'COVID-19 & Down Syndrome Resource'

NTG Joins with National Groups in Issuing Updated Resource on COVID-19 and Down Syndrome

With the continuation of the COVID-19 pandemic in the United States, the NTG has joined with several Down syndrome national organizations to produce and issue an updated resource on COVID-19 and Down syndrome 

The resource is available in both English and Spanish

The resource provides up-to-date information on COVID-19 and its variants, testing, vaccinations, and wellness for families and others concerned with the impact of COVID-19 upon persons of all ages with Down syndrome




The English Resource is the 16 November 2021 version


The Spanish Resource is the 1 March 2021 version

T21RS Studies

​T21RS issues statement regarding COVID-19 booster vaccination for individuals with Down syndrome...

Analysis of various data sources collected during the COVID-19 pandemic has established that individuals with Down syndrome are at increased risk for both hospitalisation and mortality after infection with SARS-CoV-2. Adults with Down syndrome were amongst the highest risk groups for mortality. Furthermore, there have been concerns that, when admitted to hospital during peak infection periods and when demands on resources are high, people with disabilities and long-term conditions may not be prioritised for access to scarce resources such as respiratory ventilation or intensive care beds. 


It has been the clinical experience of many Down syndrome clinics in different countries that COVID-19 vaccines can be safely given to children (from age 12) and adults with Down syndrome.  There are also reasonable indications that full vaccination offers significant protection against the poor outcomes associated with infection in people with Down syndrome. However, based on our understanding of the immune response in Down syndrome, including reduced numbers of and differences in memory B cell responses, and previously published studies on the immunological response of those with Down syndrome to other vaccines, their antibody response to vaccination may be less robust when compared to peers without Down syndrome.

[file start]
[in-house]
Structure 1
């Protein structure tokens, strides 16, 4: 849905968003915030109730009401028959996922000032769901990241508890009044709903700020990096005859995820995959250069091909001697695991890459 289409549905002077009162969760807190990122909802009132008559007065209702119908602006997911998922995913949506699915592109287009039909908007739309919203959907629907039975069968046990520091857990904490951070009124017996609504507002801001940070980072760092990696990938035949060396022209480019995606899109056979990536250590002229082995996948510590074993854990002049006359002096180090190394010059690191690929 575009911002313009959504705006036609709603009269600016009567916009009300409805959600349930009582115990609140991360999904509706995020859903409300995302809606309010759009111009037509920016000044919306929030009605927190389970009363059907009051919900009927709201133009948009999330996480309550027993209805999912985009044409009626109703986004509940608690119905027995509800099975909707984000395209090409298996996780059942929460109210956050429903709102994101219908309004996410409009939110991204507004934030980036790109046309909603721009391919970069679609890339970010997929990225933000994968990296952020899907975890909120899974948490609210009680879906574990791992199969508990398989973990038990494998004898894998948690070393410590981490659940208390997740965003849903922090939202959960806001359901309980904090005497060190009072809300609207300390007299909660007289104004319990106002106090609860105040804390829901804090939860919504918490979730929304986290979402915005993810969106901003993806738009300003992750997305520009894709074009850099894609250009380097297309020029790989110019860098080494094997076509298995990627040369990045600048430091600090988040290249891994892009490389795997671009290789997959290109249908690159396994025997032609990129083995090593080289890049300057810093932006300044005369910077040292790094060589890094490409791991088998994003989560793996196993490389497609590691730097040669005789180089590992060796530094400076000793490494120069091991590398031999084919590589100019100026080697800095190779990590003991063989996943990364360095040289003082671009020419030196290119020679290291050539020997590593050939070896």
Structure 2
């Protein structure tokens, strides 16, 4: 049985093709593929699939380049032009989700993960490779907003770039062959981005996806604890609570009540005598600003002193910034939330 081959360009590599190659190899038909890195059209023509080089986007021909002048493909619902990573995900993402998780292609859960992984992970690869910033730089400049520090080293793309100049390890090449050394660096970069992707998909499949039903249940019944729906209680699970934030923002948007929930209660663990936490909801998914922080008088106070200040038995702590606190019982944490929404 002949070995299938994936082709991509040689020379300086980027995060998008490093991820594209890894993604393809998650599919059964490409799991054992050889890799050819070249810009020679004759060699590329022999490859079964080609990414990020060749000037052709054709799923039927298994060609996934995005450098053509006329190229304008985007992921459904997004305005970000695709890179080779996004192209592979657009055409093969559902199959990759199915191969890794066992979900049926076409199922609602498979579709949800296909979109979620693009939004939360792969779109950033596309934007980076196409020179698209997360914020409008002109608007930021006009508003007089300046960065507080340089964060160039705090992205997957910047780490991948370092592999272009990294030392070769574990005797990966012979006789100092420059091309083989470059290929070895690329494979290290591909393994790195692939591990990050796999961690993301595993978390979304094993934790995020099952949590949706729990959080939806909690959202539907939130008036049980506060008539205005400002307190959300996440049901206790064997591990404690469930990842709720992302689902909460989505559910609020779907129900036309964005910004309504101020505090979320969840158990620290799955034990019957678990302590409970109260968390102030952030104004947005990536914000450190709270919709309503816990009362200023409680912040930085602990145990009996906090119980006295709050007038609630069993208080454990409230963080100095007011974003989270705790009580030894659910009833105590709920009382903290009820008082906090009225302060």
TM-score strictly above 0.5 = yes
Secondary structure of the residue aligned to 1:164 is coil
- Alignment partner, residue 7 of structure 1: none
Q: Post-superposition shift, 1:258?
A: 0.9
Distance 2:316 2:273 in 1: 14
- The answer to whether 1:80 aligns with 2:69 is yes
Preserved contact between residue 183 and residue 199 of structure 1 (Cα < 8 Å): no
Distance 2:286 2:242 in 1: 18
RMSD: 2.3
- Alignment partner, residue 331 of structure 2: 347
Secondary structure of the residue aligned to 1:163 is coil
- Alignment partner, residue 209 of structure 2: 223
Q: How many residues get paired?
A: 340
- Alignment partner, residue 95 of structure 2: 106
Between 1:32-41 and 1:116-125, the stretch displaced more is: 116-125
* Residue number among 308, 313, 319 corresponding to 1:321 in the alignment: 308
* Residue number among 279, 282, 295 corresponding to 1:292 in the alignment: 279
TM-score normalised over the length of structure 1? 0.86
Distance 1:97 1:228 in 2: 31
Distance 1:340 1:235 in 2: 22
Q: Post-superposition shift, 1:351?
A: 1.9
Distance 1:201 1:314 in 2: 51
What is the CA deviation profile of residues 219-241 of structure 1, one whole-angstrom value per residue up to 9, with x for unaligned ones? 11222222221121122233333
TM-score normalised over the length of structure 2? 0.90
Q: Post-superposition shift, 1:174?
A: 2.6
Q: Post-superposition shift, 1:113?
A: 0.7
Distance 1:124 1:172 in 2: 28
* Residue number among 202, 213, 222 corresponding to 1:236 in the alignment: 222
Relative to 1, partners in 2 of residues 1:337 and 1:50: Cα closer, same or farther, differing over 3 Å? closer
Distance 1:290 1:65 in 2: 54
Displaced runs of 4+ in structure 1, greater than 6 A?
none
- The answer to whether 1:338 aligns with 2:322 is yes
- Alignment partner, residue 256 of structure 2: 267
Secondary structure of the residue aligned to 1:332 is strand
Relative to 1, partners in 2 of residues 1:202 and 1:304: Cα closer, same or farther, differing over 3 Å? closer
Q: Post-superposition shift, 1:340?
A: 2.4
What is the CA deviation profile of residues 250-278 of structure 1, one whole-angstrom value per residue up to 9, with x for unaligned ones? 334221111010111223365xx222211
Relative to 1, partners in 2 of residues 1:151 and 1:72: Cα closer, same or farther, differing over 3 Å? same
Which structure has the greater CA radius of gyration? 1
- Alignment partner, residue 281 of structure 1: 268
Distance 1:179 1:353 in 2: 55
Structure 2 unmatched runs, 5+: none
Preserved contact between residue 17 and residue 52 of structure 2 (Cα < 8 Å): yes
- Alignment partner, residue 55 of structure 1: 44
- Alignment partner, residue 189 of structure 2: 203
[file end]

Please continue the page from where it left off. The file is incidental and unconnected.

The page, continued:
We therefore recommend that individuals with Down syndrome should be amongst those prioritised for booster vaccination for persistent production of antibodies against COVID19 antigen. There have been some indications of additional benefit by combining vaccines from different sources (e.g. Pfizer and Moderna, or Moderna and AstraZeneca) to promote better immune responses based upon studies in the general population, but any booster is preferable to none.

29 November 2021

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NTG Involvement in COVID-19 studies
NTG Collaborative Study of COVID-19 Impact on Provider Agencies

The aim of this internet-based survey was to obtain information from community-based organizations (CBOs) affiliated with ACCSES, a national provider association based in Washington DC, as to what types of difficulties provider agencies were encountering during a transitional phase of the coronavirus COVID-19 pandemic. The study was conducted in collaboration with the University of Illinois at Chicago in the summer of 2020.

Key Findings
  • CBOs providing direct services noted experiencing contagion, lockdowns, loss of staff, challenges in obtaining PPEs, and lack of state or federal guidance.

  • Maintaining safe living environments and coping with infected staff and clientele were urgent concerns.

  • CBOs reported financial and clinical support challenges, as well as staffing problems.

  • Testing availability, lack of sufficient PPEs, dealing with clientele and staff boredom during lockdowns, and increased costs for equipment and staff (with no commensurate increases in fees) were noted as problems.

  • Re-opening challenges were reported, including funding, staffing, PPEs, liability, and lack of guidance. CBOs found ways to work-around some programmatic issues, by using telehealth, drive-by visits, instituting rigorous safety measures, and offering virtual services, when possible

Cover pages-Impact of COVID-19 on Provid